Image: St. Louis
Charlie Riedel  /  AP
Sure, the Tigers-Cardinals game will be the hot ticket over the next several days, but there is plenty to do in the Gateway City when the teams aren't on the field.
By Travel writer contributor
updated 10/23/2006 1:16:14 PM ET 2006-10-23T17:16:14

It’s official: The Detroit Tigers and St. Louis Cardinals will battle to be baseball's best. Two teams, two sets of fans, and two cities looking for bragging rights, more exposure — even a little love.

I have no idea who’s going to take home the trophy, but both cities are clearly gearing up to show visitors a good time.

In Detroit, popular attractions like the Motown Historical Museum and Greenfield Village (in nearby Dearborn) will no doubt draw big crowds. And you can’t leave St. Louis without riding the tram to the top of the Gateway Arch or sipping a short cold one at the Anheuser-Busch brewery.

During the Series, which kicks off Saturday night in Detroit, there’s even more to do. And since the games don’t start until 7:30 p.m. or later, there’s plenty of time to discover what’s on the other side of the turnstiles. From The D to the Gateway City, here’s a look at what’s happening outside the ballpark:

Forget “Hockeytown.” With the Tigers in the Series for the first time since 1984, Detroit is Baseball City for the foreseeable future. And while all eyes will be on Comerica Park during game time, the rest of the city is also ready to rock.

What to do: Take in a concert. Among the performers coming to Motown soon: Barenaked Ladies (The Palace of Auburn Hills, 10/27) and Lionel Richie (Music Hall Center for the Performing Arts, 10/27). Who knows, maybe native son Kid Rock will do another impromptu concert outside the stadium like he did after the Tigers won the pennant.

Music will also be highlighted at several local museums. At the Detroit Historical Museum, the Fabulous Five exhibit (ongoing) celebrates the music of several homegrown stars, including Eminem, Stevie Wonder, and the Queen of Soul herself, Aretha Franklin. Meanwhile, The Detroit Institute of the Arts is sponsoring Annie Leibovitz: American Music (through January 7, 2007), a 70-piece exhibit of large-format photos of everyone from B.B. King to the White Stripes.

Where to stay: Despite a recent rush in bookings, a few hotels haven’t put out the No Vacancy sign just yet. The towering Marriott Renaissance Center, the city’s largest hotel, has rooms starting at $269 per night, while the Inn at 97 Winder offers suites in an 1876 Victorian mansion for $225–$325. The former is a quick People Mover ride from the stadium; the latter, just a few blocks.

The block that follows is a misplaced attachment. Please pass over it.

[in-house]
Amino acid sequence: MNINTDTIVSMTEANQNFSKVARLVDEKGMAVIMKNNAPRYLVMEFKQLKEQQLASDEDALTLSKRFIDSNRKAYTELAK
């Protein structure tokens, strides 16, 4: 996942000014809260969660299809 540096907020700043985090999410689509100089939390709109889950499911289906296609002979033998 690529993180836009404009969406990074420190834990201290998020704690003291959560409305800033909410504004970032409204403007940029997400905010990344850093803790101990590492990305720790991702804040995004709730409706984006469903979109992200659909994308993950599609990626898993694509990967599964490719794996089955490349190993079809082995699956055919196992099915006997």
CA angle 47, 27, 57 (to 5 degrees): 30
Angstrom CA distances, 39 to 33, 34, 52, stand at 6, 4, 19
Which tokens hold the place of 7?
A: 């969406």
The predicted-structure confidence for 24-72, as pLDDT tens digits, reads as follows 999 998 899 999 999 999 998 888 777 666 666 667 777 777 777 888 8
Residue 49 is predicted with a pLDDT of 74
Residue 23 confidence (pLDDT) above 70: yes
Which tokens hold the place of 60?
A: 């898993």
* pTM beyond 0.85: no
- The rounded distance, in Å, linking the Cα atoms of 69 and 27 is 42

Where to eat: Sure, Fishbone’s and Tribute have better food, but you might as well join the rowdy crowds at Cheli’s Chili Bar or Hockeytown Café, just outside the stadium. The menus run to chili, burgers, and baby-back ribs, but the cold beer and big-screen TVs at these sports bars still draw thousands of visitors a day.

For more information on Tigertown’s attractions, accommodations, and eateries, go to

St. Louis
When Yadier Molina hit that ninth-inning dinger in Game 7 of the NCLS, you can bet sports bars across the Gateway City erupted in thunderous cheers. With a pennant in hand and a brand-new stadium, St. Louis will be ready to shine when Game 3 kicks off on Tuesday night.

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What to do: World Series aside, the biggest event in St. Louis this fall is “Glass in the Garden,” a dazzling Dale Chihuly exhibit at the Missouri Botanical Garden (through January 1). From floating globes to massive chandeliers, the glass-master’s works will add even more color to the MBG’s already-vibrant displays. Coincidentally, the St. Louis Art Museum will feature the turn-of-the-century works of Louis Comfort Tiffany, whose stained-glass designs visually defined his times (through October 29).

While you’re at the museum, consider a visit to the city’s zoo, history museum, and science center — all four are located in Forest Park, and all are free of charge. A few blocks away, The Loop neighborhood is home to some of the city’s hippest restaurants, trendiest shops, and hottest nightspots.

Where to stay: Midway between the Arch and Busch Stadium, the Drury Plaza Hotel occupies three historic buildings in the heart of downtown. Rooms start at $110 per night and include a complimentary hot breakfast and free high-speed Internet access. A few blocks away, the Adam’s Mark Hotel has indoor and outdoor pools, several nightspots, and rooms for $309 per night.

Where to eat: For steaks or seafood in a classy setting, head one block north of the stadium to Mike Shannon’s, the new steakhouse owned by the famed Cardinals announcer of the same name. If you prefer beer, burgers, and big-screen TVs, head instead to Al Hrabosky’s Ballpark Saloon, where the former pitcher, aka, “The Mad Hungarian,” will probably be leading the cheers.

For more information on St. Louis’ attractions, lodging, and restaurants, go to

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